A Lens on Appendix K: How the NSPS OOOOb Elevates the Use of Optical Gas Imaging for Leak Detection

This is part two in a series of blog posts that address changes to environmental protection rules from the US Environmental Protection Agency (EPA) concerning the use of optical gas imaging (OGI) cameras for the detection and mitigation of oil and gas emissions, including methane. Read part one here.

The December EPA ruling concerning oil and natural gas sector leak detection and repair (LDAR) at the global COP28 event in Dubai, United Arab Emirates, represents the culmination of major regulatory changes and guidelines for reducing emissions in the United States, which were first introduced in 2021 and 2022.

The first article in this blog series provided a broad overview of the New Source Performance Standards (NSPS) “OOOOb” and Emissions Guidelines (EG) OOOOc. This piece will focus specifically on “Appendix K” in NSPS OOOOb, which provides explicit guidance on the use of OGI cameras for LDAR inspection. While OGI has been in existence since 2005, the inclusion of OGI in the US EPA regulatory framework is fairly new. The technology was originally referenced in the 2008 Alternative Work Practice (AWP) to detect leaks from equipment, within the now historical (but still applicable) Method 21 standard. Then in 2015, the EPA designated OGI as the BSER (Best System of Emissions Reduction) within the NSPS OOOOa regulation. During this time, the oil and gas industry has utilized OGI as the primary technology or the literal "ground truth" information about LDAR.

How OGI Inspection is Evolving in the Field

With the introduction of Appendix K the industry now has simplified guidance on how to use an OGI camera in the field. This represents a significant change for the EPA as historically the agency has focused on the technology used for monitoring, not the operator. In short, the rule keys in on the training, auditing, daily procedures, and use cases of the operator, in addition to the capabilities of the technology. For this reason, some organizations may feel the rule is overly stringent and burdensome to the OGI user and limits the efficiency of OGI versus the before-mentioned Method 21 standard.

However, the Method 21 standard focuses on the detection of volatile organic compound (VOC) emissions from specific equipment types using a portable instrument and does not have these overly prescriptive requirements for use in the field. Even with these additions related to using OGI as a regulatory tool, they are both more effective and efficient in reducing emissions and meeting regulatory compliance.

However, within the Appendix K “referenced subpart,” the document highlights that it is only applicable to natural gas processing plants, at the moment. It also sets the framework for other regulatory activities in the future, such as for refineries, to potentially point to Appendix K in regulatory action. For the other parts of the supply chain that already have regulations tied to them (including well sites, centralized production facilities, and compressor stations that are covered by OOOOa or OOOOb), the use and applicability of an OGI camera has not changed. It is covered by §60.5397b within the regulation.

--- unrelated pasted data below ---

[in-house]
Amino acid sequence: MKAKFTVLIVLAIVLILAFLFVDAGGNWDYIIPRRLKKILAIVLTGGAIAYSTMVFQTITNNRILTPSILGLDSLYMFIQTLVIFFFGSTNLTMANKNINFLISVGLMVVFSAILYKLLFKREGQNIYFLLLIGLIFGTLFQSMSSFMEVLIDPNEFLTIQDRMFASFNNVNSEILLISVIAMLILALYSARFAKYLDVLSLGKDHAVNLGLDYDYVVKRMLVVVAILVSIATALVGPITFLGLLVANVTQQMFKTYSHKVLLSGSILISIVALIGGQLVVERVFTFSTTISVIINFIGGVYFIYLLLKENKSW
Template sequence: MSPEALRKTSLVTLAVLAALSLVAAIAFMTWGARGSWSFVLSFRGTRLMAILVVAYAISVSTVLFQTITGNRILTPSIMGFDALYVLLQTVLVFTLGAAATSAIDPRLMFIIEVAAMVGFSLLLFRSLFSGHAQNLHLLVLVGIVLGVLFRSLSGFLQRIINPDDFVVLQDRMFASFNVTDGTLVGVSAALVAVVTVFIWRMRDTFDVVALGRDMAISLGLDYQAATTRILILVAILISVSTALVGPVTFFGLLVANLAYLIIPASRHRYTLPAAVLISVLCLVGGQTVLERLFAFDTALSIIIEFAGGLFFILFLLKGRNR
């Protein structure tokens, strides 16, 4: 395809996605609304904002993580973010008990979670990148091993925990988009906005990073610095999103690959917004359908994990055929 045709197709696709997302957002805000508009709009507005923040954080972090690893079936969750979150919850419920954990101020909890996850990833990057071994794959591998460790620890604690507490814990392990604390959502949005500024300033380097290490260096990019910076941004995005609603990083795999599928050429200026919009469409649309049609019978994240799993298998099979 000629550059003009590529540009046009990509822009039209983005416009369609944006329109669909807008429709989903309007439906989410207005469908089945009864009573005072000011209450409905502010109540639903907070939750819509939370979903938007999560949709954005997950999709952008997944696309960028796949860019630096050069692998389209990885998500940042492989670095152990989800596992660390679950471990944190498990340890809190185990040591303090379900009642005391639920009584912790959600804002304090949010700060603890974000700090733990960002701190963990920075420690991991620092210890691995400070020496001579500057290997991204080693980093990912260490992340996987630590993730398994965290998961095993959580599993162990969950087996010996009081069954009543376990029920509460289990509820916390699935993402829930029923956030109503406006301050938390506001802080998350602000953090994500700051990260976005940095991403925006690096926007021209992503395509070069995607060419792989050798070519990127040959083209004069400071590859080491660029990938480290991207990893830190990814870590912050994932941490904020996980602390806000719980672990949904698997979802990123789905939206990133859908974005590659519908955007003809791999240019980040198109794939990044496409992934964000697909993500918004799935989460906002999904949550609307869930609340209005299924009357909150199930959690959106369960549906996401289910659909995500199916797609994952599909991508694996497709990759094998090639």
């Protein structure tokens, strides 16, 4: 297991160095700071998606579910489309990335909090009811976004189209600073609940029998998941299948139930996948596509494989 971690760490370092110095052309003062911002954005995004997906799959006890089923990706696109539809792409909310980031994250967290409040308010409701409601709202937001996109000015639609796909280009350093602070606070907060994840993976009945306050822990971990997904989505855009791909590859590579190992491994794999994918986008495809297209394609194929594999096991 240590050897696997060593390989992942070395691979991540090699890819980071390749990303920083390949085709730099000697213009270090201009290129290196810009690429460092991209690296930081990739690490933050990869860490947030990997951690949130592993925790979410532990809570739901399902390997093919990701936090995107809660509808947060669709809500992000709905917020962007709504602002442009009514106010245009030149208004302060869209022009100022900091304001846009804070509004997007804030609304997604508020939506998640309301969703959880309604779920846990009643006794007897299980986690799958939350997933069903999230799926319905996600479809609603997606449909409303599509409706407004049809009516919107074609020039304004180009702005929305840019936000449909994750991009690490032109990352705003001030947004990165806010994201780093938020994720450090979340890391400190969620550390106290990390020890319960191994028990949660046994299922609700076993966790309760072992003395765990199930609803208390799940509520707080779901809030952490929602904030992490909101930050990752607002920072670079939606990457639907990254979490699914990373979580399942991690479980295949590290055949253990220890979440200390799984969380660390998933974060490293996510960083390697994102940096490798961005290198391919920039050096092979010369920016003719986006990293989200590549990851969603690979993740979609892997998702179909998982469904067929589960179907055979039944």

Caption: A map of natural gas processing facilities in the US, which are subparts referenced by Appendix K in NSPS OOOOb

Specifics on OGI Camera Requirements

  • For those subject to Appendix K, it is now required that “field portable Infrared cameras” can image 75 percent of the gases in the composition of natural gas, not just methane. Furthermore, the detectable limits of the technology are as follows:

    19 g/hr of methane and
    29 g/hr of butane or 22 g/hr of propane
  • Looking at the inspection process outlined within Appendix K, the EPA provides the following guidance:

    GPS must be included in the survey and can be used to document the survey path.
    The addition of required assurance of adequate Delta T in the field when using an OGI camera.
    The requirement of a “senior operator,” defined as an individual who has 1,400 hours of field use and who is capable of conducting audits, trainings, and more.
    Conduct required biennial (i.e., every two years) training, such as the OGI Fundamentals course from the Infrared Training Center.
    Initial training, however, needs to occur in a classroom setting along with at least 30 hours of field training for those considered “non-senior operators.”

Appendix K also reduces some inspection burdens in comparison to previous iterations of the appendix. Although the rule requires an operator audit of two hours, the frequency is reduced from quarterly to semiannually. It also requires five minutes of rest per 30 minutes of continuous camera operation.

Although this blog post provides guidance on key points within Appendix K, operators should review the subpart in detail to help determine an inspection strategy and what new or additional inspection equipment, such as OGI thermal cameras, may be required.

For more information about Teledyne FLIR OGI cameras and technology, visit: https://www.flir.com/instruments/optical-gas-imaging/

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